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Alcohol ruined my friend’s life

Alcohol ruined my friend’s life


By Mike Wilcox


We have probably all encountered someone who’s let substance abuse take over and eventually ruin their life. Whether opioids, heroin, meth or plain old alcohol, the chilling effect these drugs have on our bodies and minds is incredible.

Having been in the bar business, I saw it all the time. Drugs and alcohol consumed the lives of many patrons. I felt bad for many of them, but consoled myself thinking they probably behaved better at home than they did in my establishment. They really weren’t addicted — or so I thought.

My thoughts now, however, lie with an old friend who has allowed alcohol to take over. I got a call a few days ago from another old friend who told me about Glenn’s situation. I had lost track of Glenn, having seen him only once in eight years, at my father’s funeral.

Glenn, whom I employed for a few years in the late 1980s, was smart as a whip. Had he tried out for “Jeopardy,” he would have been a star. Everyone liked Glenn; he was always the life of the party and willing to go the extra mile to help you.

Glenn, however, had demons and at the top of the list was alcohol. He was a happy drunk who used the drug as a crutch to overcome his fear of failure. As his employer, I knew something was up when he was usually unavailable by phone. When I did reach him he always had an excuse for not accomplishing his task for the day.

We parted ways but still kept in contact socially. I could see alcohol was consuming his life and didn’t know as a friend how to handle it. Thus I quit hanging out with him.

Then the call came from my other friend. Alcohol had destroyed Glenn’s marriage and ruined any chance he had of keeping a job. His ex-wife had let him live several years in the basement of her house until it he became too much of a burden.

He had nowhere to go so he now sits in a homeless shelter. He has hit “rock bottom” at age 60. He drinks fifths like they were cartons of milk, and the once picture of health has a liver and pancreas that will quit on him any day. He’s a walking corpse and constant reminder of how alcohol and other drugs can destroy good people.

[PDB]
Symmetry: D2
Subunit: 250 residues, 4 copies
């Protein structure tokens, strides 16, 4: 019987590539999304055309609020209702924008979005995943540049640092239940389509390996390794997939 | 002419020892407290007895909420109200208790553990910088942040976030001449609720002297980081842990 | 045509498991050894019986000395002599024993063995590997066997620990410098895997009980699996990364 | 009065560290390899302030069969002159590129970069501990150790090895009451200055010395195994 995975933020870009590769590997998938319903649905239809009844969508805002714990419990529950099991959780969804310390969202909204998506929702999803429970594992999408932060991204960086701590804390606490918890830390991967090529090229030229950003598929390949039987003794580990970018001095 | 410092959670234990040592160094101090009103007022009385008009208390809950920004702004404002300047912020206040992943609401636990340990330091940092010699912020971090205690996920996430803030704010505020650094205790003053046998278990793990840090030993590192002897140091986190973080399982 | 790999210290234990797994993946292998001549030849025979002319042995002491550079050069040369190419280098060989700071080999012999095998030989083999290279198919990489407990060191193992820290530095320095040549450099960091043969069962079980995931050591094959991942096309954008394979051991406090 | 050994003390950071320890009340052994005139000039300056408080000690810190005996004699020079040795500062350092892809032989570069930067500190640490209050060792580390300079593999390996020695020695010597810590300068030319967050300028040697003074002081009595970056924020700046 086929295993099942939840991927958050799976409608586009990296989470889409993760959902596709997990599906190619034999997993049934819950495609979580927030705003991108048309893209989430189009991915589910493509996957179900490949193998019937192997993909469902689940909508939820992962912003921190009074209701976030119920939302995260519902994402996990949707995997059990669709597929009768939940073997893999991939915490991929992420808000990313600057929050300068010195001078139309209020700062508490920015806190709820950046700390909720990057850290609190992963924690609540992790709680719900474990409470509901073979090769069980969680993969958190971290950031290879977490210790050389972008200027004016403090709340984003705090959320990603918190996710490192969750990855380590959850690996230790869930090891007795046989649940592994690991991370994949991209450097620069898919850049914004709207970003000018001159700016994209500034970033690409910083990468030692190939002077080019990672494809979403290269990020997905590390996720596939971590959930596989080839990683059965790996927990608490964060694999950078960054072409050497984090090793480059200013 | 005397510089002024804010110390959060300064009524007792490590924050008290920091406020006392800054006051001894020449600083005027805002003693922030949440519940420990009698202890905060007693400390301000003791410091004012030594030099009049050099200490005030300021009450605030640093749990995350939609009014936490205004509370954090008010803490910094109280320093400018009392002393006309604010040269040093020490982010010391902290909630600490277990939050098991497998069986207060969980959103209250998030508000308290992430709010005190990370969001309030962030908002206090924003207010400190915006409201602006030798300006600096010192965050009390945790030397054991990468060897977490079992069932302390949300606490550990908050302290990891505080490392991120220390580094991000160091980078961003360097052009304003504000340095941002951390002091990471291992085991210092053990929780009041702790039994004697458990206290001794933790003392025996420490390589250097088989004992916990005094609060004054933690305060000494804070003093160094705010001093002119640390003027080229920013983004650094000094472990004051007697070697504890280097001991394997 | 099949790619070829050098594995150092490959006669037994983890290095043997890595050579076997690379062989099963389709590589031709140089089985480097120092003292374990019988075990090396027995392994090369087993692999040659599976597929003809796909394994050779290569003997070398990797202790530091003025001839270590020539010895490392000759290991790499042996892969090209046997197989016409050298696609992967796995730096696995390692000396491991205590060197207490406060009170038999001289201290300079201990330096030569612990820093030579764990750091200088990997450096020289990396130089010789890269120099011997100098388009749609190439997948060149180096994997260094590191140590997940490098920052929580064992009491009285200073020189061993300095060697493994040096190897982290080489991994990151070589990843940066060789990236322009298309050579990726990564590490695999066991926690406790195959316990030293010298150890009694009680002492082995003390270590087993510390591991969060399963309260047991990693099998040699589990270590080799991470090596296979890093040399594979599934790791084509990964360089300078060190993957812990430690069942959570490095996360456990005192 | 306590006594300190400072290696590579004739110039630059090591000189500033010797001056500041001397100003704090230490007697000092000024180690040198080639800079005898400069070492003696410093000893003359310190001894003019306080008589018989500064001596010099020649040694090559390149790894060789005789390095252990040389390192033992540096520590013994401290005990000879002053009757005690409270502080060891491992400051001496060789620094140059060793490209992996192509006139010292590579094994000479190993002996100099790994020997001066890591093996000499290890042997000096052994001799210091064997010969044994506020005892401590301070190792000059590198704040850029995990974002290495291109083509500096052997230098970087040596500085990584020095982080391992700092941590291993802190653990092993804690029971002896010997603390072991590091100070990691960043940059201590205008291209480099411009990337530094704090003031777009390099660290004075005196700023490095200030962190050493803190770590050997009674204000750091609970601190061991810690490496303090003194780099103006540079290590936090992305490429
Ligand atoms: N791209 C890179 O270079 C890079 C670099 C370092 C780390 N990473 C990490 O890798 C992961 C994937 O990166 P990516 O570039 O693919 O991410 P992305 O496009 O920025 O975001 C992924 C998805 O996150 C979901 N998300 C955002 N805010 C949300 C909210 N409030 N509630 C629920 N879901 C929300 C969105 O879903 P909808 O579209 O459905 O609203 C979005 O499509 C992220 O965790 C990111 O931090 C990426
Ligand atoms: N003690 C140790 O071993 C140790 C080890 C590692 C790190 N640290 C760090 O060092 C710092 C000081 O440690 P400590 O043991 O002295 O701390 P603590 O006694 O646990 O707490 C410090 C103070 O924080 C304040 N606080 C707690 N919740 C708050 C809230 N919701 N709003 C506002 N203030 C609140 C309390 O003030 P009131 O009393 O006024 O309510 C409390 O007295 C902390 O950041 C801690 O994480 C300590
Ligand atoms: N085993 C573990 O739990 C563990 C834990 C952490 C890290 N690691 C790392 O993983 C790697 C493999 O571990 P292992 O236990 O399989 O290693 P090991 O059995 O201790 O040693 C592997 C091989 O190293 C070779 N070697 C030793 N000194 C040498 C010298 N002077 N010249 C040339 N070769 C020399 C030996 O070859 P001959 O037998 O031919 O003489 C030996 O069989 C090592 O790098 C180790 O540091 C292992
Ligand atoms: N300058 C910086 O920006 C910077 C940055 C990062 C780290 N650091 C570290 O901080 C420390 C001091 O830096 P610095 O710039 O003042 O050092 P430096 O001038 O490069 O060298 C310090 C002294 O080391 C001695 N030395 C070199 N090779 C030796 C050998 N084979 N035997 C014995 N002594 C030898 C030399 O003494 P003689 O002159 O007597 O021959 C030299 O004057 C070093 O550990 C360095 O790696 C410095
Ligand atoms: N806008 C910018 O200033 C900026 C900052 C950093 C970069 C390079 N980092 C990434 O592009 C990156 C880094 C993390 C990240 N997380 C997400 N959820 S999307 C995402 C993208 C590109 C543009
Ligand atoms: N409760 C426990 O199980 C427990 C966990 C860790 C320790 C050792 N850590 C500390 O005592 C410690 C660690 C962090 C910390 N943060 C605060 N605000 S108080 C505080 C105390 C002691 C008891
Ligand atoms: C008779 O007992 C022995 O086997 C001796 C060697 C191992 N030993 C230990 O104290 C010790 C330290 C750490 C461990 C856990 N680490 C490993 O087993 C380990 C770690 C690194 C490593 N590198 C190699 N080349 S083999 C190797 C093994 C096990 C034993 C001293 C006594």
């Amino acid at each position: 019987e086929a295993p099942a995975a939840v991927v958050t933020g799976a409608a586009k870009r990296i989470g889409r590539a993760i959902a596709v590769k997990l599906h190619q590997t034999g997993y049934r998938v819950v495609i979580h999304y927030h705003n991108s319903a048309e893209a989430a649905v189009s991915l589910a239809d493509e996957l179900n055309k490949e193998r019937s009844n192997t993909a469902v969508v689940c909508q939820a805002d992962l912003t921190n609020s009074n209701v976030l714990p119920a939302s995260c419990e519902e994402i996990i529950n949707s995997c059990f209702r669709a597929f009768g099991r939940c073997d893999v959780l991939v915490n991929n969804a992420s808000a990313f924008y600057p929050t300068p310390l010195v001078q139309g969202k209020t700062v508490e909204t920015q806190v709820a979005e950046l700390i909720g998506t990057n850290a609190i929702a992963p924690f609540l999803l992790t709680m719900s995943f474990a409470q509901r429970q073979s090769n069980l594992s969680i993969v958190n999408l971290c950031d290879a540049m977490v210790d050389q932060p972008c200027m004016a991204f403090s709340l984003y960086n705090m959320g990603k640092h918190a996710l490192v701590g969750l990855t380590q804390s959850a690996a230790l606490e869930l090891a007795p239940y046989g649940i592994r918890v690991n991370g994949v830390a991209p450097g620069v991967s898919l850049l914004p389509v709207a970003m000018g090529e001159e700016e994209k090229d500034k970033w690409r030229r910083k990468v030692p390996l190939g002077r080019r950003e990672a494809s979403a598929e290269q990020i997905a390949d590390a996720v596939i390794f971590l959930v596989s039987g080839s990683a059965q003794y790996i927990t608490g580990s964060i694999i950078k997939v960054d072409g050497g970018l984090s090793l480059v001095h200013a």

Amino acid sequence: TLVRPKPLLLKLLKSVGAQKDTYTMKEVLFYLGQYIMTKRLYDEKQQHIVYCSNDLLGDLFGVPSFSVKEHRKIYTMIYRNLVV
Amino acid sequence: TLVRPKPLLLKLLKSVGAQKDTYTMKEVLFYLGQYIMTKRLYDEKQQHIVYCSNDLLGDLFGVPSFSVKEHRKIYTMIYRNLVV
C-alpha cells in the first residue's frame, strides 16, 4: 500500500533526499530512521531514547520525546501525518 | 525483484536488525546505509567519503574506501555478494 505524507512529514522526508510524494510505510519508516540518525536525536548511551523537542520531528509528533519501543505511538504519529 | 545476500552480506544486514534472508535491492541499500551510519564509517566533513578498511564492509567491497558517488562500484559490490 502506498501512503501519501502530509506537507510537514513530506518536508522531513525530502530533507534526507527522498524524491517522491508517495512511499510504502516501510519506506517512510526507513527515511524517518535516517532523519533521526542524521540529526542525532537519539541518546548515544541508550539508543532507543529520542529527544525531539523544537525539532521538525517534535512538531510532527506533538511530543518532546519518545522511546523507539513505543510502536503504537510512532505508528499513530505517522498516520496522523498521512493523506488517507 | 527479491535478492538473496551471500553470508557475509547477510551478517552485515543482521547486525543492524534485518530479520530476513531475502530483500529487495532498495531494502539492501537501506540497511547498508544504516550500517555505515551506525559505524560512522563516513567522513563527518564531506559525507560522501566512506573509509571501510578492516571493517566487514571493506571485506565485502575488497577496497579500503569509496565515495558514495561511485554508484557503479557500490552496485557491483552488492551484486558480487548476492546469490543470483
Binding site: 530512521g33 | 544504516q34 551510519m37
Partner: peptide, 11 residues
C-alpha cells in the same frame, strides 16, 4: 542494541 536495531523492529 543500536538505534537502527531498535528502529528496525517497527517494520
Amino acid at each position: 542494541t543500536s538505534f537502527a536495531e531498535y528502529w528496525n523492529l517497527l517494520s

Glenn and others I know are why I write about the destructive, addictive nature of drugs. I want the world to know there are millions of people like Glenn who need help. We have been ill-prepared for the opioid crisis, but the addictive and abusive nature of alcohol has been with us since the pilgrims landed at Plymouth Rock.

Yet little has been done to counterattack drugs. We declare them unlawful and throw people who are caught in jail. That is not the solution. I pray that our leaders will eventually understand that we need more treatment centers that are affordable for the common person.

As it stands we have centers for the ultra-rich. Betty Ford in California is attended by all sorts of celebrities. And we have overnight or weekend detox centers.

But what we really need are treatment centers that will take patients for a month or three months, so they really have a chance to gain sobriety. And they need to be affordable.

If we had treatment centers of this ilk, my friend Glenn wouldn’t be in a homeless shelter. Heck, he might even be sober and have a decent job. There might even be thousands like him who would be productive members of society. Just think, wouldn’t that be great?